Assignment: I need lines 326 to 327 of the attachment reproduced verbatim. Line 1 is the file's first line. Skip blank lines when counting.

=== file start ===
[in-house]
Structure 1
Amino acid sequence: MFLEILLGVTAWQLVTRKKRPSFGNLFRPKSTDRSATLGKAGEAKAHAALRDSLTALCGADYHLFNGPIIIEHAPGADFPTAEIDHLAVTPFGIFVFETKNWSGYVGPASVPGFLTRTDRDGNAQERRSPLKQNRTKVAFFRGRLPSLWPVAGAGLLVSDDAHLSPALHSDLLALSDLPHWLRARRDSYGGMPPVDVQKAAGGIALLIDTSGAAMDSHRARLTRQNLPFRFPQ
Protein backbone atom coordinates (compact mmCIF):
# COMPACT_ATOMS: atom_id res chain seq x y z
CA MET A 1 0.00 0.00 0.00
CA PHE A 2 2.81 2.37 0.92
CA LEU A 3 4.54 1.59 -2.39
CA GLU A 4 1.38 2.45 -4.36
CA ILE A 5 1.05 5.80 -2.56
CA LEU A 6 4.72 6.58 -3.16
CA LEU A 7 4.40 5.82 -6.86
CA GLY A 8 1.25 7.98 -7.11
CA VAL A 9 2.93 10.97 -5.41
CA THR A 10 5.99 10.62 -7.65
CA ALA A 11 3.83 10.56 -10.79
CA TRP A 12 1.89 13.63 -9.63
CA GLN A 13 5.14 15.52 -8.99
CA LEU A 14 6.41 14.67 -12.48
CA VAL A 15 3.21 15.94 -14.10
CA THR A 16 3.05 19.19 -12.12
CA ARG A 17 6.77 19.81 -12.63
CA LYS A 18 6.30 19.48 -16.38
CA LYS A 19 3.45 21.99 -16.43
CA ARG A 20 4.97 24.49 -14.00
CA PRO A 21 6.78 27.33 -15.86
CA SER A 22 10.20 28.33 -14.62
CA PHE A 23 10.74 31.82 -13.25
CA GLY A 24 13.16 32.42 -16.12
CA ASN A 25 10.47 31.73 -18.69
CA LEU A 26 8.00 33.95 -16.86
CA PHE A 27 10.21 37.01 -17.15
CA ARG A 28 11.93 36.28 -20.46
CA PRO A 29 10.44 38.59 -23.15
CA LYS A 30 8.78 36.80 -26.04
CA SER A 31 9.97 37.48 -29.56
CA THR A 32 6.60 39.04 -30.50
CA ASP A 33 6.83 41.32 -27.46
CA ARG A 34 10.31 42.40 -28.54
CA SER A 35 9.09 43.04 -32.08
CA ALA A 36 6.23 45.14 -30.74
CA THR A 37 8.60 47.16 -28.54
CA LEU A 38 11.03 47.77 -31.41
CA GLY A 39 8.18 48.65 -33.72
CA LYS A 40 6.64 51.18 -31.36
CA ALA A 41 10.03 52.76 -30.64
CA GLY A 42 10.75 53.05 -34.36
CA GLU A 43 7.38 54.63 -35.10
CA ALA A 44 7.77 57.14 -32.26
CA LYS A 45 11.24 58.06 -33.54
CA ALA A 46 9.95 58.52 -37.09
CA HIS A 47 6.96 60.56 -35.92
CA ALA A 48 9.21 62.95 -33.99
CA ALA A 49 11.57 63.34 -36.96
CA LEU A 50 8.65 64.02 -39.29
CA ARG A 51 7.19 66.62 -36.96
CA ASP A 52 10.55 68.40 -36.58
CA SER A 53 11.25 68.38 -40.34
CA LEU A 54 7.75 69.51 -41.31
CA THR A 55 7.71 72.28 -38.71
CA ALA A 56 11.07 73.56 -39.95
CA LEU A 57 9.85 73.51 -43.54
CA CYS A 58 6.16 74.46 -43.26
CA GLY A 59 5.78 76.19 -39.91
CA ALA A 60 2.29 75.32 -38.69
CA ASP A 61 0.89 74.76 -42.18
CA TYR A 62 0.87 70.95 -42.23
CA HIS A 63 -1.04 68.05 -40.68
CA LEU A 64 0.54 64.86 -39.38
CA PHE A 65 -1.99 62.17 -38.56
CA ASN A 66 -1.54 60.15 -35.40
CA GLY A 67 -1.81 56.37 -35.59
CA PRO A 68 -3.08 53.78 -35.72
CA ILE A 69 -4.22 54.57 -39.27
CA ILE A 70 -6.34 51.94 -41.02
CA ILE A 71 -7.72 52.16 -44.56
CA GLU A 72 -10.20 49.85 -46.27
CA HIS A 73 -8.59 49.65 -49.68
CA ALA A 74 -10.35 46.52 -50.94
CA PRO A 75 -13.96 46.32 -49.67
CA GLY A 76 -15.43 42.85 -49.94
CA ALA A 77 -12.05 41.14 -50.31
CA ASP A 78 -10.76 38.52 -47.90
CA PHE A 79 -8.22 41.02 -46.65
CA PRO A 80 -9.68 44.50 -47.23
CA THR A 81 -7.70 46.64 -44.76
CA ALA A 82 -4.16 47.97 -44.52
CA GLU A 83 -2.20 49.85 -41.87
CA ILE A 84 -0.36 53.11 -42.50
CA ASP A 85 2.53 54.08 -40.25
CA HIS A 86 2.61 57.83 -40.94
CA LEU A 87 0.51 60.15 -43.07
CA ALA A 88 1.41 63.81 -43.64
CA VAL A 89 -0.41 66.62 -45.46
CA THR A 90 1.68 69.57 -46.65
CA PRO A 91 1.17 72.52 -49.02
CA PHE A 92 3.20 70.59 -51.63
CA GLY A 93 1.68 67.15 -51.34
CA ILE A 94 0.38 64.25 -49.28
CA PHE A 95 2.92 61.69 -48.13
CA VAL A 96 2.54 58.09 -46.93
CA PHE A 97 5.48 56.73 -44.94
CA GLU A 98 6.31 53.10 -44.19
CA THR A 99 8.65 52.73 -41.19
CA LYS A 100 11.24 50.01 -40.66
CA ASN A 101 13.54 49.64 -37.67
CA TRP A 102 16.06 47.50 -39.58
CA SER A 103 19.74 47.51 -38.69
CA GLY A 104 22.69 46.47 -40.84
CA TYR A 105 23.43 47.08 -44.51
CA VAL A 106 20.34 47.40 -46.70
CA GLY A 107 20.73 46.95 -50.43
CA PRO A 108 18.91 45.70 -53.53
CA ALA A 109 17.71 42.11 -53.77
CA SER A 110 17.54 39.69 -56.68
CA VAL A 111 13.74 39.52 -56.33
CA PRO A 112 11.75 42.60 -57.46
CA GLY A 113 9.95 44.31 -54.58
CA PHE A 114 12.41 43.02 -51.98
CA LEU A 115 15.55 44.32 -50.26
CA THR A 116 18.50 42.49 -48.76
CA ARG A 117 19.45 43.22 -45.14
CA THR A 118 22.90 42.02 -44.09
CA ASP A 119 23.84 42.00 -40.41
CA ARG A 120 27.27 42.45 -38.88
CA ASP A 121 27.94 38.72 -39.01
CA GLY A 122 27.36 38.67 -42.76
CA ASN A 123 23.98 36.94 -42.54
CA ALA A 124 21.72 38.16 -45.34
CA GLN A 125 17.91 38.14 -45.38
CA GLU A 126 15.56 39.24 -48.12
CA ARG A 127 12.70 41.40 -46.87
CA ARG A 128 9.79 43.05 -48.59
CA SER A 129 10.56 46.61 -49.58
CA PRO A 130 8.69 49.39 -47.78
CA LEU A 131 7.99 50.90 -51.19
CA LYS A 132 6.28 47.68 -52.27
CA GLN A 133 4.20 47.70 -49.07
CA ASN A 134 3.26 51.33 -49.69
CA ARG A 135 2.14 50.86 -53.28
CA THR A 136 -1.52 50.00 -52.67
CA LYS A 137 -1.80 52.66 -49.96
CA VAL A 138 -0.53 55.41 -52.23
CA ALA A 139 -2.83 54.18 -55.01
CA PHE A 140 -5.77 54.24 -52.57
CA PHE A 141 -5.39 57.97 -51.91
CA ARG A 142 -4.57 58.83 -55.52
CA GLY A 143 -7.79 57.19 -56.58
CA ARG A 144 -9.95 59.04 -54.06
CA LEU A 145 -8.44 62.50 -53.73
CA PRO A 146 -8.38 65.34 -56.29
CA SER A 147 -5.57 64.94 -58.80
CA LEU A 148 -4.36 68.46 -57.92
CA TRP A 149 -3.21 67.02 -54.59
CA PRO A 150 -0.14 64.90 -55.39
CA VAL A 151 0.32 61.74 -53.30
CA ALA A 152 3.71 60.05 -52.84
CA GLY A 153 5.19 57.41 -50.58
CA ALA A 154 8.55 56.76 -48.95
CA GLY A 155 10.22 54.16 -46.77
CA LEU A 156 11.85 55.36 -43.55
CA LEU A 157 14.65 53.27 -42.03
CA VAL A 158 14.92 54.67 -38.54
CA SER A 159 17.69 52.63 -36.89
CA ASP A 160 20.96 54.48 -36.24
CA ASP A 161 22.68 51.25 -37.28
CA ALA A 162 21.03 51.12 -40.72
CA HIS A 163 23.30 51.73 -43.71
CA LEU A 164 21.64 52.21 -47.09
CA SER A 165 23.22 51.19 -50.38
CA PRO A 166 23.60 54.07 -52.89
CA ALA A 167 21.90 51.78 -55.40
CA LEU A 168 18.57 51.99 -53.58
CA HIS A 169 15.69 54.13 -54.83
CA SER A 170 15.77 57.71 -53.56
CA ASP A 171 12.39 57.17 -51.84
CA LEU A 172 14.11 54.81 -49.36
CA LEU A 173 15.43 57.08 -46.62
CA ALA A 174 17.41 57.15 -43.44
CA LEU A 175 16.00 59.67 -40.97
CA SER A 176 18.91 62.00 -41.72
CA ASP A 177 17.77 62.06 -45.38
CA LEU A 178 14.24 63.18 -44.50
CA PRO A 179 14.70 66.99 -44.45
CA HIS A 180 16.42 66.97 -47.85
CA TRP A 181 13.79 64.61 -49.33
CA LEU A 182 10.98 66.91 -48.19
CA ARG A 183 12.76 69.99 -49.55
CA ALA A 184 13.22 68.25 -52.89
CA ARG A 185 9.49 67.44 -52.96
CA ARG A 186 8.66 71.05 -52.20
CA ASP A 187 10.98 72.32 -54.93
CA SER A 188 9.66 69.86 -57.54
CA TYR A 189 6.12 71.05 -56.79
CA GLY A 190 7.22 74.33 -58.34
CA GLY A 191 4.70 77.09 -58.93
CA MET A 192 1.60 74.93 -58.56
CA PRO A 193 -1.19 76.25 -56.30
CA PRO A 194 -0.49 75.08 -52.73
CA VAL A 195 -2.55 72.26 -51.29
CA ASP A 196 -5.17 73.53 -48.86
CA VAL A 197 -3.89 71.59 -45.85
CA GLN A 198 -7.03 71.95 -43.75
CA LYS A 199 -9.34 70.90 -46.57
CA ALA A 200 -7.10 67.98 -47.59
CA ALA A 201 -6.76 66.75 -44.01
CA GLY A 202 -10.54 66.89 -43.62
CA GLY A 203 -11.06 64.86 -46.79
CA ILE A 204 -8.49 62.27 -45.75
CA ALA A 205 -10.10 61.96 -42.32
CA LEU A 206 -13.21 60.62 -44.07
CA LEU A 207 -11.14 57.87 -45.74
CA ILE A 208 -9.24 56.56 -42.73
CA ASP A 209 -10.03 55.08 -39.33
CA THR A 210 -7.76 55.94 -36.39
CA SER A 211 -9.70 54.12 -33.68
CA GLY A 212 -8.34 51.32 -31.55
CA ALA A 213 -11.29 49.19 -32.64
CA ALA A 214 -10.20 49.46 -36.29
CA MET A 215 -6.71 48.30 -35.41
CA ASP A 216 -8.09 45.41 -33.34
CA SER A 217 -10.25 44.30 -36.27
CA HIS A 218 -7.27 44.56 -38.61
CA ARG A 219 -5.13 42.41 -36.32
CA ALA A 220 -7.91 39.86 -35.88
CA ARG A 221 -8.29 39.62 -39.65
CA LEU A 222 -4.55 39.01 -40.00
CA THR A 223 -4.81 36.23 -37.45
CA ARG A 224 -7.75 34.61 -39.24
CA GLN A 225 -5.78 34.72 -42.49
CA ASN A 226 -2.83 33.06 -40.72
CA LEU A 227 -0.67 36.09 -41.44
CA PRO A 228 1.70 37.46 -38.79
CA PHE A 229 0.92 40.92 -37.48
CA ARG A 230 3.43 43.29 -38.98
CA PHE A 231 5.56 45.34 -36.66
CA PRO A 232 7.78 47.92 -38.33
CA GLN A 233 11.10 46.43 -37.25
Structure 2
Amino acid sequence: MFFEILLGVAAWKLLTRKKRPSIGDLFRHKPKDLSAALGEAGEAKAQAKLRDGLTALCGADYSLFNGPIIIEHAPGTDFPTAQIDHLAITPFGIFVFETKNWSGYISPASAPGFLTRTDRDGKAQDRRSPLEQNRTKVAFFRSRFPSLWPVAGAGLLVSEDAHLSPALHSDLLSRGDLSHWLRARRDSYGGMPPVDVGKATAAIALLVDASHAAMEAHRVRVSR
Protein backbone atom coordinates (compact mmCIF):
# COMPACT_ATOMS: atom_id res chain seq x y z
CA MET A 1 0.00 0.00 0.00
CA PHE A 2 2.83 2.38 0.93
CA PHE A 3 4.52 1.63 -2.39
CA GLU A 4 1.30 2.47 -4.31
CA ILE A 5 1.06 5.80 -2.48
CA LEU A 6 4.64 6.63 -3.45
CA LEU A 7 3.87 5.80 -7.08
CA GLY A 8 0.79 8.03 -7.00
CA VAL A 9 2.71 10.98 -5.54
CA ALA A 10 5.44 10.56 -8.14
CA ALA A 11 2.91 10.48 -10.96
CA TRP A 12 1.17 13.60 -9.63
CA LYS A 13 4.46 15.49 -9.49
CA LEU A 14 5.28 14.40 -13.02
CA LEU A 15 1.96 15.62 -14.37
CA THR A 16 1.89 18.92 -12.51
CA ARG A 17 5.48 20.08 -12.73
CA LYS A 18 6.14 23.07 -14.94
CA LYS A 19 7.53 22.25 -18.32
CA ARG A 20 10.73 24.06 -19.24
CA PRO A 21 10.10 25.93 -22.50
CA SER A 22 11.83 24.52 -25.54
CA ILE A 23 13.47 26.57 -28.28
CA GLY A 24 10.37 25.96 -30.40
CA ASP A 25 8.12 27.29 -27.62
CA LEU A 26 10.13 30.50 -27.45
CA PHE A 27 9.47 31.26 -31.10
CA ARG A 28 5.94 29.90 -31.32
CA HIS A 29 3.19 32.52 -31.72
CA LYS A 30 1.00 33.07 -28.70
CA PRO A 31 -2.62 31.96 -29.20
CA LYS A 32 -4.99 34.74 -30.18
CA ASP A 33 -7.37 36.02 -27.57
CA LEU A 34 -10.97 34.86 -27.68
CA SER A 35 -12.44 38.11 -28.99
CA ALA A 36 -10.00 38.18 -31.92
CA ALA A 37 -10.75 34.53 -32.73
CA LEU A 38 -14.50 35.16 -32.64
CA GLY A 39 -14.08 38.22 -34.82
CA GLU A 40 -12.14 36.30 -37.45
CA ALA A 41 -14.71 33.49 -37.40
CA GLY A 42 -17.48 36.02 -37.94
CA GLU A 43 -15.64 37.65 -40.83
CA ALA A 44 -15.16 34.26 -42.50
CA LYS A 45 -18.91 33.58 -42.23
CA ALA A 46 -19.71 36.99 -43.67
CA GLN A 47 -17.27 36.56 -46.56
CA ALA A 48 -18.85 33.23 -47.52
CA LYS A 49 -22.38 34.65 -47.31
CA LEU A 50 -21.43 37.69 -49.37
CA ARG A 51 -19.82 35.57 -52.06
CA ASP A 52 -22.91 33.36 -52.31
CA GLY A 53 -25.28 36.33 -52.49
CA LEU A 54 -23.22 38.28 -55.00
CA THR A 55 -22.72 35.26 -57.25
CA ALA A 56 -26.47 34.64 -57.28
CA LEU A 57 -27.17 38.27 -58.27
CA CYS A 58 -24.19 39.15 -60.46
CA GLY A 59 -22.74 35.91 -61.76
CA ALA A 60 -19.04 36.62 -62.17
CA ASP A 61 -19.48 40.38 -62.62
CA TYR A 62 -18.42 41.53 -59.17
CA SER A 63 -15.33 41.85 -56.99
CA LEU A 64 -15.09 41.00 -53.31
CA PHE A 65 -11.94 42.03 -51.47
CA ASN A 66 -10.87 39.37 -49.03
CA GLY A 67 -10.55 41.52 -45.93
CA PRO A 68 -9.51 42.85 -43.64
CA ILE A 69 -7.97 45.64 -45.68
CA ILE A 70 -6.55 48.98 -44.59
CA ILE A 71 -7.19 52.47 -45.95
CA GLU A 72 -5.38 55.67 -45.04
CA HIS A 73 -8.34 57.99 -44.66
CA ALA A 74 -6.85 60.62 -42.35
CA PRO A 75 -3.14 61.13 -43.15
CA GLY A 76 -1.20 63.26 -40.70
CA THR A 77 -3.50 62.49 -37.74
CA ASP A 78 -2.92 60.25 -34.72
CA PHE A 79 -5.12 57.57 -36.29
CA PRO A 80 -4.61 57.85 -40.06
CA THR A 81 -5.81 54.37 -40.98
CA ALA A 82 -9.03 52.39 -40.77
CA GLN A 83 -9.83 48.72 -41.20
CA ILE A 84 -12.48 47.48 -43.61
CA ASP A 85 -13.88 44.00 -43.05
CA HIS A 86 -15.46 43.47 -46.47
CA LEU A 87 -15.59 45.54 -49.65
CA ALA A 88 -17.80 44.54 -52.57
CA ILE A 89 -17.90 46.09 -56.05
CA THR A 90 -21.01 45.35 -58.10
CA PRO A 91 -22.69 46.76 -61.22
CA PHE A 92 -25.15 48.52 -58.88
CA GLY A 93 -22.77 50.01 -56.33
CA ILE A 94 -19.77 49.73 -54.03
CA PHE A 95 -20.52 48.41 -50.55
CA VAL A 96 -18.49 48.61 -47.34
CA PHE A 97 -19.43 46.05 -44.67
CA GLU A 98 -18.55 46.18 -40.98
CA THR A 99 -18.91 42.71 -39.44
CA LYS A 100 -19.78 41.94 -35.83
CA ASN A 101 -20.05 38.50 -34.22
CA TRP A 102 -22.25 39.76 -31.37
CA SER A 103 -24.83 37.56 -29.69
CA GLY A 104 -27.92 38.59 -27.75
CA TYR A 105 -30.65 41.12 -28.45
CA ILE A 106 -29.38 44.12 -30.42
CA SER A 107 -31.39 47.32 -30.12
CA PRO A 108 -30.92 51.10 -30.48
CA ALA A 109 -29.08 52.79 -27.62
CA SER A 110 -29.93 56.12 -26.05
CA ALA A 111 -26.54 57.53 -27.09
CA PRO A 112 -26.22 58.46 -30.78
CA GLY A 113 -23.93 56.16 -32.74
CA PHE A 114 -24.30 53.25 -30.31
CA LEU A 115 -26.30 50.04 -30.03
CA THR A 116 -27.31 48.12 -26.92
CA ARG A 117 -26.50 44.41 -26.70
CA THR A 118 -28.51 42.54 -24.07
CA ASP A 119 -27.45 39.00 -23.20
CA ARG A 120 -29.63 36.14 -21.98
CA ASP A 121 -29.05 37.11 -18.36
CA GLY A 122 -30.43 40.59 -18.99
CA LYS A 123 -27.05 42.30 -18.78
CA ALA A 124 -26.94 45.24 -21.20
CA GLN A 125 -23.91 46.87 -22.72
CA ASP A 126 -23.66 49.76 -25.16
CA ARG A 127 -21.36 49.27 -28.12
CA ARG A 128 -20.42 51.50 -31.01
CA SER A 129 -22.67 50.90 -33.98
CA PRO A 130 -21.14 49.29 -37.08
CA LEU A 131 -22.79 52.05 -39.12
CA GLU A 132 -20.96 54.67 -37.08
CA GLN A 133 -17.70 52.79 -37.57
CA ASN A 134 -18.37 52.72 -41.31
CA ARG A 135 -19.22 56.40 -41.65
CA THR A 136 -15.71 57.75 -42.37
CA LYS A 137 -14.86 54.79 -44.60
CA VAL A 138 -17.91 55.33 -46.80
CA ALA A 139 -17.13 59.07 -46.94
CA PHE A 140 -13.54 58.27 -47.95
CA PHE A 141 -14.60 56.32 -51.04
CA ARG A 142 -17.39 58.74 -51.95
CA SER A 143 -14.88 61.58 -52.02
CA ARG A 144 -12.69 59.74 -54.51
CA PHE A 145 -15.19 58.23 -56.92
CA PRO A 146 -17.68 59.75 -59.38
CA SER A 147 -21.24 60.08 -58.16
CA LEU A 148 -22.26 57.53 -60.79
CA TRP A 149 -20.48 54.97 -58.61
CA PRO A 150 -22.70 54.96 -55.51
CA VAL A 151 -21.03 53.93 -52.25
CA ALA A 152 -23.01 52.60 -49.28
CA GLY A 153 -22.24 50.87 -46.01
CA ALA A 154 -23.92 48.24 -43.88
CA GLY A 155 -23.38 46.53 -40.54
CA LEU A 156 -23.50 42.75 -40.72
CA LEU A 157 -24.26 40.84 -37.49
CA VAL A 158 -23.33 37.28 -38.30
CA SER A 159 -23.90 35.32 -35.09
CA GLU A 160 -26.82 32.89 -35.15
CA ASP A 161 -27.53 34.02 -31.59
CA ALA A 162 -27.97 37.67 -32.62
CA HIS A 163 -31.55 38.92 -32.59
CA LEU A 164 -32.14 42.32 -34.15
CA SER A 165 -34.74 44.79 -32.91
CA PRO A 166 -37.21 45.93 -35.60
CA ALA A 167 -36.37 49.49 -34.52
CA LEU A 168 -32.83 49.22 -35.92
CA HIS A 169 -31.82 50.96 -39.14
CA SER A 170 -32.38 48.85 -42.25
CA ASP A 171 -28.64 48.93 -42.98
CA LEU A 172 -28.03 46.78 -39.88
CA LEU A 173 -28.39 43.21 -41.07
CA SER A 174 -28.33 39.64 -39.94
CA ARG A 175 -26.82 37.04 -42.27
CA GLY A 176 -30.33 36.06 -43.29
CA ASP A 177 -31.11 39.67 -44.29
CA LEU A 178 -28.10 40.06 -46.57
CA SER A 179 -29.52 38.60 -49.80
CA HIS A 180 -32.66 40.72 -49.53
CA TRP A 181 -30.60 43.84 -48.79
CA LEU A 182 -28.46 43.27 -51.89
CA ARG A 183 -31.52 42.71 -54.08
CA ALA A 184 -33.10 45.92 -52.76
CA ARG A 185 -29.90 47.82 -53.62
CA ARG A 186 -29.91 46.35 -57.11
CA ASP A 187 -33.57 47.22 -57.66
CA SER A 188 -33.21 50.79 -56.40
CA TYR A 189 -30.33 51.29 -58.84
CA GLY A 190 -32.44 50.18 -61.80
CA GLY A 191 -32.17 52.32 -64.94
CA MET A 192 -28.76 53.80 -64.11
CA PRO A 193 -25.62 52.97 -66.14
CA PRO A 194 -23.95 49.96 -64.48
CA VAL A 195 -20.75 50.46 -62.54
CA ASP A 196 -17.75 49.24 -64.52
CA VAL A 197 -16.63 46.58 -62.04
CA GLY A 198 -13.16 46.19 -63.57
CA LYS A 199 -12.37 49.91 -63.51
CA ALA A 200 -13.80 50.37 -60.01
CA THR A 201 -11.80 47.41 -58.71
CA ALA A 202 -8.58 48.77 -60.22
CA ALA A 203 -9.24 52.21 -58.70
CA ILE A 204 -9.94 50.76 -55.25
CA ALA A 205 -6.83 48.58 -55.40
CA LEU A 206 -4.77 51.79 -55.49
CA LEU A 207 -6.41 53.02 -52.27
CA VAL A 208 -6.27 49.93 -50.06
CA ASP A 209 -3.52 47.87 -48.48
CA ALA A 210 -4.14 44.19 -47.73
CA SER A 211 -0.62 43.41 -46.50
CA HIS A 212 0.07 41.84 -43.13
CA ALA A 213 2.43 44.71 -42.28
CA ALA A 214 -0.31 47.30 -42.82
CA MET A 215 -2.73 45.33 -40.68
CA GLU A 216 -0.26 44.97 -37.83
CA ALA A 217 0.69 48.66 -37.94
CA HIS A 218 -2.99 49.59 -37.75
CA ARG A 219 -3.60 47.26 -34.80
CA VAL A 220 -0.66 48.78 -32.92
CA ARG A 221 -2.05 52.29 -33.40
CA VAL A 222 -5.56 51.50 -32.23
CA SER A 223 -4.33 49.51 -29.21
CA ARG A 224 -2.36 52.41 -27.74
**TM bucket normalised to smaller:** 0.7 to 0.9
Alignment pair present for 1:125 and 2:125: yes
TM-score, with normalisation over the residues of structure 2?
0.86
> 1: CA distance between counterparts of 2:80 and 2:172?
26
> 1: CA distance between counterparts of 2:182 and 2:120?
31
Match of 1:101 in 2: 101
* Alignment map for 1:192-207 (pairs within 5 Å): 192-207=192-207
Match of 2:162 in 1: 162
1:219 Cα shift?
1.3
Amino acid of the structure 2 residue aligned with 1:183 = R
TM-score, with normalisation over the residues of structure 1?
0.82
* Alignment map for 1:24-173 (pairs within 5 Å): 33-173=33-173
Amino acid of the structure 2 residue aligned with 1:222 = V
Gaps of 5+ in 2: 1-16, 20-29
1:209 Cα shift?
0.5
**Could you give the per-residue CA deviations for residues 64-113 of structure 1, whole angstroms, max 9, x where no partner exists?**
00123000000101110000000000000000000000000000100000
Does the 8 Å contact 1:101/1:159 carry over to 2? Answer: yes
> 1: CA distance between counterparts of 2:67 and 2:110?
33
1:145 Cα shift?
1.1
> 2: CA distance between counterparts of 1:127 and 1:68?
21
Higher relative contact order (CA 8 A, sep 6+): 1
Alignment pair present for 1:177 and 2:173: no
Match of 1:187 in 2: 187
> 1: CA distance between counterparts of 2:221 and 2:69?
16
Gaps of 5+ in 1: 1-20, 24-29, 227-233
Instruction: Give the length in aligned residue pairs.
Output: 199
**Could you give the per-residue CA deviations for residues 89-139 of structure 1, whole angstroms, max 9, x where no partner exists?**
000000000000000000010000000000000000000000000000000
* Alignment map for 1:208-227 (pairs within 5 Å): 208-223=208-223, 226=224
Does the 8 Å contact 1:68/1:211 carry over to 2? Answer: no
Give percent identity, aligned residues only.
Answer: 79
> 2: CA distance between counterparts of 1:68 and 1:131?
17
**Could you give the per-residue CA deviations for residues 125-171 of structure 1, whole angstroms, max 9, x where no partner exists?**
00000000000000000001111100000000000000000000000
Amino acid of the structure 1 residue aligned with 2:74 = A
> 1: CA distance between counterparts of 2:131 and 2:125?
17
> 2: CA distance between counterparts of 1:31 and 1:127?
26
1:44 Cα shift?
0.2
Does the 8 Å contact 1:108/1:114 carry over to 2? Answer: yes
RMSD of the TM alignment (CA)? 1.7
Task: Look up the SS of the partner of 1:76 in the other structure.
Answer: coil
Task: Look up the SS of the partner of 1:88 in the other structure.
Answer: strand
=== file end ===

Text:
CA ILE A 84 -12.48 47.48 -43.61
CA ASP A 85 -13.88 44.00 -43.05